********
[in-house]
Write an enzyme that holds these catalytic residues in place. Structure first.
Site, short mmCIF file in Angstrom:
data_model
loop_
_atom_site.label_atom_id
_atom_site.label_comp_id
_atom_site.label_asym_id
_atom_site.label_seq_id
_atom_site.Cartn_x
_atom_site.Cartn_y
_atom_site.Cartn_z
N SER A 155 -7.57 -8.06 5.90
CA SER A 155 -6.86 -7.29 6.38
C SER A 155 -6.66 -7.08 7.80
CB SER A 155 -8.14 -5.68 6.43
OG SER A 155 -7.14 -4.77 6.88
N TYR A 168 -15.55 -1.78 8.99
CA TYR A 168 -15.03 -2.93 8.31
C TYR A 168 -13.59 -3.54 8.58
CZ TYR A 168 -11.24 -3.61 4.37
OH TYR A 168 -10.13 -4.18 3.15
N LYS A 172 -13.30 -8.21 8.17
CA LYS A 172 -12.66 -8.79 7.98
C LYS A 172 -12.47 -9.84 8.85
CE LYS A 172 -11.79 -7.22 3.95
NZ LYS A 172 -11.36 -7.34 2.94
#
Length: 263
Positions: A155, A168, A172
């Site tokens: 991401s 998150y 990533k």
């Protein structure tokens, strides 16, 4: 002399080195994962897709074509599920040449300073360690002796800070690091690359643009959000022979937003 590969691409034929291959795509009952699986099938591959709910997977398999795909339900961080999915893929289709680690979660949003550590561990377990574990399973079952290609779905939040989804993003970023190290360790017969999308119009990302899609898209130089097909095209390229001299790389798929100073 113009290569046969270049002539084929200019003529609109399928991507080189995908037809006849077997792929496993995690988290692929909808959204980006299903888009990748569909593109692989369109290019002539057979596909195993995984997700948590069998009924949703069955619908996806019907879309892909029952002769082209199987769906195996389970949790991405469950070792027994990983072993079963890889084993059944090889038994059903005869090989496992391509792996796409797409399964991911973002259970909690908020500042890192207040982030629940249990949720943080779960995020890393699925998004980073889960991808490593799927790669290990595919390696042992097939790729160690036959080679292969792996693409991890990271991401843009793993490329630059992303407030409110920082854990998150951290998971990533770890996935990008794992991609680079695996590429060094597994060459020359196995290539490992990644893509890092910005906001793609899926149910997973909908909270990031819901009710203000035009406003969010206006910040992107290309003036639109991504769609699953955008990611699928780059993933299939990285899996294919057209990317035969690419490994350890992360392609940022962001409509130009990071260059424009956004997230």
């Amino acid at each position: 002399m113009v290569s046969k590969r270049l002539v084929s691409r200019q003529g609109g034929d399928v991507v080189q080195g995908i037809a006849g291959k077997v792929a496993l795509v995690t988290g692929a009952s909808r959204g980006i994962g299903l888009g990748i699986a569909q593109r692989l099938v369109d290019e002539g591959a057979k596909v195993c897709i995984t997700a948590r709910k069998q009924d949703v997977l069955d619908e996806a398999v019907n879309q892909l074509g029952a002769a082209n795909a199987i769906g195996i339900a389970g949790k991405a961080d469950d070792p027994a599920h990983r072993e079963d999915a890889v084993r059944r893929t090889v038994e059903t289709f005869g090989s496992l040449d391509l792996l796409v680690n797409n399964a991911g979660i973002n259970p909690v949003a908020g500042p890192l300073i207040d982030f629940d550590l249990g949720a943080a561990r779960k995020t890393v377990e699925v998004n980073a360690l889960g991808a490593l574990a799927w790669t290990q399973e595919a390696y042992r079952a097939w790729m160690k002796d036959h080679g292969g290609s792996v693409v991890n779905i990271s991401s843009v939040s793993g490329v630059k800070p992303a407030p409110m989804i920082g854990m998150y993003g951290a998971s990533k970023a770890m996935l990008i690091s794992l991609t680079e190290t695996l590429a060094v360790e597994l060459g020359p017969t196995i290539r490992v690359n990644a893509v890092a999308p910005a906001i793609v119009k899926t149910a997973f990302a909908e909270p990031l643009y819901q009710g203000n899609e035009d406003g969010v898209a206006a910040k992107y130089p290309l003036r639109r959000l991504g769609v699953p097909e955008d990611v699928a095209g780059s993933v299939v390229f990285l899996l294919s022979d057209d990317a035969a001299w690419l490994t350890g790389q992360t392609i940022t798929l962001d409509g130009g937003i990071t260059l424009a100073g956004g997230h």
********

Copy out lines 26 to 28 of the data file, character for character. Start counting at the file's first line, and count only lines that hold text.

CE LYS A 172 -11.79 -7.22 3.95
NZ LYS A 172 -11.36 -7.34 2.94
#